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While programming in java is there any time that I as the programmer should be considering to catch RuntimeExceptions ?

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kind of old, but... oracle.com/technetwork/articles/entarch/… –  user1329572 Jul 16 '12 at 14:58
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5 Answers

up vote 8 down vote accepted

You catch RuntimeException for the same reason that you catch any exception: you plan to do something with it. Perhaps you can correct whatever caused the exception. Perhaps you simply want to rethrow with a different exception type.

Catching and ignoring any exception, however, is extremely bad practice.

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Im not sure that you should really be doing that with unchecked exceptions. They really only should be thrown where there is nothing else that can be done and basically just represent bugs in your code. That being the case the only real reason to catch one is to protect your application from blowing up (if it is possible top do so). –  John Kane Jul 16 '12 at 15:27
Agreed, if there is no other way of validating code, throw an exception! –  user1123557 Jul 16 '12 at 15:34
I am not sure what you mean by validating code? What I meant was that the only time runtime exceptions should be thrown are when there is nothing that can be done. For example, BufferOverflow, BufferUnderflow, ClassCast, ConcurrentModifications, etc are all runtime exceptions. These do not have anything really to do with validating code. You cannot really do anything about them if they happen, except basically try to recover if possible or let your application die. It depends on what your application is doing. –  John Kane Jul 16 '12 at 16:06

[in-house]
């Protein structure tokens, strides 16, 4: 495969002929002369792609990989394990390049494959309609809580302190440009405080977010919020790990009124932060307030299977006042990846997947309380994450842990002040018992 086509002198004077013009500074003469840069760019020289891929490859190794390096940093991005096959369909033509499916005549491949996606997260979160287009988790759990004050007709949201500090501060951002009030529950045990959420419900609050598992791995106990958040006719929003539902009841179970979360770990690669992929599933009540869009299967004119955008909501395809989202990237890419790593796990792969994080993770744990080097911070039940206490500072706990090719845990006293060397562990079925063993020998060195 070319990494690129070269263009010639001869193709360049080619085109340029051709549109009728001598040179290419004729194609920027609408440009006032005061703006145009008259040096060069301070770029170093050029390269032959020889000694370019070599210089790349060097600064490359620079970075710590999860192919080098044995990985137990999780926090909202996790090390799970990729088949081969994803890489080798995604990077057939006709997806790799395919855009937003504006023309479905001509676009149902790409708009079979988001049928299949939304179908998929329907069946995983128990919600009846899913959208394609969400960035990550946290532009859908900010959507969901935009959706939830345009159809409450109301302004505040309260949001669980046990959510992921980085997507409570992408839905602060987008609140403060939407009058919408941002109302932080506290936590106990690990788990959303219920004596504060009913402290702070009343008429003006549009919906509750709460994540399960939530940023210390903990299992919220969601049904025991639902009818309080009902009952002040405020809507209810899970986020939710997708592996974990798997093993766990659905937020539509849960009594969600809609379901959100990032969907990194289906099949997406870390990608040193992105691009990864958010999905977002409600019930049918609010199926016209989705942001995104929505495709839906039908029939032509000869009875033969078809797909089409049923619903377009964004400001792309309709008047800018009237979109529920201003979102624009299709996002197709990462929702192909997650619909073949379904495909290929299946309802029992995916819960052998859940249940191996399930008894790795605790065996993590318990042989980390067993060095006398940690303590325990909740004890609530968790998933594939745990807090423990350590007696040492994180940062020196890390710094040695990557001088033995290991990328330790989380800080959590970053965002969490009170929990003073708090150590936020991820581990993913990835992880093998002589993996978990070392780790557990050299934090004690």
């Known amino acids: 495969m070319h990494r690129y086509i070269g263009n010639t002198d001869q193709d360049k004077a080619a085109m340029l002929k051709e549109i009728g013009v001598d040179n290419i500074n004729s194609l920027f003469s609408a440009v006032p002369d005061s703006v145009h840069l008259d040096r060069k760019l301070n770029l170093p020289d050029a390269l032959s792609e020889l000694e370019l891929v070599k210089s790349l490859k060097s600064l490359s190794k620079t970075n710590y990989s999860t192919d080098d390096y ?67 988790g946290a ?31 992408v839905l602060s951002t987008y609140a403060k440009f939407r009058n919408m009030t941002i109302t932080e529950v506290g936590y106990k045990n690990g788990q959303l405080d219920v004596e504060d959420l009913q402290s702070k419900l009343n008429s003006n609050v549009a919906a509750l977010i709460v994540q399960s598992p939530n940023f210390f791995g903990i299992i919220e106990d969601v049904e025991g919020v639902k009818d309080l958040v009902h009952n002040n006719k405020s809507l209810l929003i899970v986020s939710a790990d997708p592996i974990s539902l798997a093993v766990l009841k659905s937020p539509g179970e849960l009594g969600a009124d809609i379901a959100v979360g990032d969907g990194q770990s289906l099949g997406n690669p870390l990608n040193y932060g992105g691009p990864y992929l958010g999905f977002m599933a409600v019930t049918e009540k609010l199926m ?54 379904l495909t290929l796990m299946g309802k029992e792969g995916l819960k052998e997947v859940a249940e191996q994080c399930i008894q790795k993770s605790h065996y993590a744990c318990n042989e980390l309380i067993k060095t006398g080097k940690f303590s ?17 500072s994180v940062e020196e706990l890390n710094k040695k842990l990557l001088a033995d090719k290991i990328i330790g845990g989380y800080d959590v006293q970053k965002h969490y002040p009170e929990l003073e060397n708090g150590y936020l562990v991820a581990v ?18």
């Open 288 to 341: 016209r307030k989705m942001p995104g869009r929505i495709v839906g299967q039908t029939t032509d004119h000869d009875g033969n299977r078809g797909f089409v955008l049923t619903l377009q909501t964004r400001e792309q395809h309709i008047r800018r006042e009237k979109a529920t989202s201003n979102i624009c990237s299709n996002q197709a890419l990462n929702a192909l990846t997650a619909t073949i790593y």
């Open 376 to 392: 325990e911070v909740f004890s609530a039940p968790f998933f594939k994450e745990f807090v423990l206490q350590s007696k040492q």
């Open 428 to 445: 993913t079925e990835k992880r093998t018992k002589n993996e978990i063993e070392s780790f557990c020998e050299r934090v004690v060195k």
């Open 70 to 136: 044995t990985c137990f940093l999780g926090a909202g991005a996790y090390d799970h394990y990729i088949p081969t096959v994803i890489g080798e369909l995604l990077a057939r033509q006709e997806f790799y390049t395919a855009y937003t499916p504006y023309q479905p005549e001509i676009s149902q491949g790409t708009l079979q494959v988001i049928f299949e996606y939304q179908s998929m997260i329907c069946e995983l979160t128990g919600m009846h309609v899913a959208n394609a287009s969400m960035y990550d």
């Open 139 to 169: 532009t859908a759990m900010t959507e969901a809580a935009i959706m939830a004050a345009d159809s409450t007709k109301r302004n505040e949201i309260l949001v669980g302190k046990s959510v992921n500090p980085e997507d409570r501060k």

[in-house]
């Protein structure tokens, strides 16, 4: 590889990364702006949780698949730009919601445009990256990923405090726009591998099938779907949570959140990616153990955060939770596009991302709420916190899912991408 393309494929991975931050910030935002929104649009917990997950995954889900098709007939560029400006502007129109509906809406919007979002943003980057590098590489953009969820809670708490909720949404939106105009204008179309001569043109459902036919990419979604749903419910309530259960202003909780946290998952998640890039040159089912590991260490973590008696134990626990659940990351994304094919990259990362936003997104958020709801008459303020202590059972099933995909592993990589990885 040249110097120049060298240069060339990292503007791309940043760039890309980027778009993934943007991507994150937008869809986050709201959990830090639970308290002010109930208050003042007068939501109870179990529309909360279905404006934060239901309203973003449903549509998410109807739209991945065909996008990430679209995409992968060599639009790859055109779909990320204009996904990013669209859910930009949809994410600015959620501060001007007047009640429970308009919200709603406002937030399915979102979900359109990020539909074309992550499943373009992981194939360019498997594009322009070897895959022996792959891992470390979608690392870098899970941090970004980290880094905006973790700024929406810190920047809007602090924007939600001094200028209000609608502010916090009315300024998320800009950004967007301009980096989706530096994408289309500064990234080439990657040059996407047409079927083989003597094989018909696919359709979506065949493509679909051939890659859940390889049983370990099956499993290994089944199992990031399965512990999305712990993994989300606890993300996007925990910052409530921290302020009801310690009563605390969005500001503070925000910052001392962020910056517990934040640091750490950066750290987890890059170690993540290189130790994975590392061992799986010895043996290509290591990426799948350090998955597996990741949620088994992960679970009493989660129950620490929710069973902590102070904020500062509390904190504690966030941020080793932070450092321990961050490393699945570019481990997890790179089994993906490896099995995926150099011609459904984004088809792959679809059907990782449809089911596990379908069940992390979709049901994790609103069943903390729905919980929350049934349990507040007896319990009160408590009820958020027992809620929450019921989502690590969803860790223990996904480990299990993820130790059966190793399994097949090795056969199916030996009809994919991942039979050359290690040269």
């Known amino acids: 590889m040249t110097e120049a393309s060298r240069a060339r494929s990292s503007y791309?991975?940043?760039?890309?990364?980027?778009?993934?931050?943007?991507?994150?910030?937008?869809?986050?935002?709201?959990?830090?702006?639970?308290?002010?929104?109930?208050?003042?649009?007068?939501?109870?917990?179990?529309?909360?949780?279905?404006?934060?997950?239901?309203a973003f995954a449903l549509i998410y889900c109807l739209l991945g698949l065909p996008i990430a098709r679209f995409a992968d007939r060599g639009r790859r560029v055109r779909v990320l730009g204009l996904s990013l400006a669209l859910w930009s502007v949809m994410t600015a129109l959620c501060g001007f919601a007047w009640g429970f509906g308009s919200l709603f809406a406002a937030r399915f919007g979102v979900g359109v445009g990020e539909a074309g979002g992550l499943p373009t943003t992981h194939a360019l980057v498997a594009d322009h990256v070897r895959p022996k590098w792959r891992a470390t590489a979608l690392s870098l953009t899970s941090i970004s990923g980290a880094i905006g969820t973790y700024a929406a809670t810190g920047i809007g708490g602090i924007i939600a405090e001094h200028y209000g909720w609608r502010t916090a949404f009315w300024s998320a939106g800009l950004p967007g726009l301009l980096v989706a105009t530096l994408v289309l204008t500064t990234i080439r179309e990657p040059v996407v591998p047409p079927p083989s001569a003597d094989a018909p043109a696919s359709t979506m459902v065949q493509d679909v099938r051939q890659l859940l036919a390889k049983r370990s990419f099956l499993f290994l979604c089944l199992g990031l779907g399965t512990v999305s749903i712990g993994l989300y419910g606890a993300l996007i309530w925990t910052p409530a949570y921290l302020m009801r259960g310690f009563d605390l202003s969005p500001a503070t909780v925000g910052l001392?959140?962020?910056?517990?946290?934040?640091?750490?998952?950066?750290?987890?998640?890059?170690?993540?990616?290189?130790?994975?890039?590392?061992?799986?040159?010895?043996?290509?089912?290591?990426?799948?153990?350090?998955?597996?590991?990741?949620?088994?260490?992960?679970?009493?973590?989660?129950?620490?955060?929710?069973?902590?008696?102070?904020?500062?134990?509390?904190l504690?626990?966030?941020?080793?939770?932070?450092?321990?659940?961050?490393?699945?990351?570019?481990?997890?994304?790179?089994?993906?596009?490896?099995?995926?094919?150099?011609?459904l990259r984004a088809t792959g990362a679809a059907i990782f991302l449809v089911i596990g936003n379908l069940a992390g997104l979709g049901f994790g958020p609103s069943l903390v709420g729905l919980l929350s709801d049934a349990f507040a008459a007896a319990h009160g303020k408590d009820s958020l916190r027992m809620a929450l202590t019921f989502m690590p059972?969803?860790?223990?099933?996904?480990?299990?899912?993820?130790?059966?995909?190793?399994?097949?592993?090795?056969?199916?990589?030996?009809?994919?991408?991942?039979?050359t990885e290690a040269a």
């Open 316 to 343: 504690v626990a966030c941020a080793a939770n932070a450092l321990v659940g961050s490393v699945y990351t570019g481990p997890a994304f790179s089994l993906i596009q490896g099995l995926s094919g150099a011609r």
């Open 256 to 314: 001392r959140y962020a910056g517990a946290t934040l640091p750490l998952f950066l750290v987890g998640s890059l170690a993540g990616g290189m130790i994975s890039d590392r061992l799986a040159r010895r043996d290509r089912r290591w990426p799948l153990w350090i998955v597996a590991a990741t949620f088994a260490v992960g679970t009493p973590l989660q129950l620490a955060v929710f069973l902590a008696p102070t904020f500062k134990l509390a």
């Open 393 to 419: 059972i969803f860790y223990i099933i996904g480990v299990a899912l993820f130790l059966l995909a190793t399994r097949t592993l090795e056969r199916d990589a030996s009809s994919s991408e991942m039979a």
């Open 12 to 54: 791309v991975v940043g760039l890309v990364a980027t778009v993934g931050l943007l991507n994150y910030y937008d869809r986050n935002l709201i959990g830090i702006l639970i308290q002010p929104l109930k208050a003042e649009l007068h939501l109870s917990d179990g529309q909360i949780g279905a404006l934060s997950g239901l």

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This is what I can think of.

  1. If you want to show a nice message to the end user in case something has gone wrong, catch the RuntimeException and log it. Then show some nice message in the screen instead of a blasting error.
  2. To wrap the framework specific CheckedExceptions to application specific RuntimeExceptions.It is preferred to use the RuntimeException as your custom exception as told here.
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Based on user validation if want to show custom message to the user then go for RuntimeException.

Wrap your custom message in then throw it.

throw new RuntimeException("Invalid userName/Password !");
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Basically, the only time you would want to catch one is when you cannot allow your application to blow up. This is a good article describing this in much more detail, but here is a quote that sums it up:

"If a client can reasonably be expected to recover from an exception, make it a 
checked exception. If a client cannot do anything to recover from the exception,
make it an unchecked exception".  

Since unchecked exceptions are basically just bugs in your code and by really should only be thrown where there is nothing that can be done about them, the only real time that you would want to catch one is when you cannot allow your application to blow up.

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Yes: whenever you can and want to recover from them.

Many common exceptions inherit from RuntimeException and each may or may not be recoverable depending on the particular circumstances. The RuntimeException class itself does not imply that the exception must or must not be caught.

For example, you may have a library method which throws IllegalArgumentException on certain inputs. If applicable to your program, you could catch this exception and recover in some way, for example by trying a different input, or explaining to the user why the operation cannot continue.

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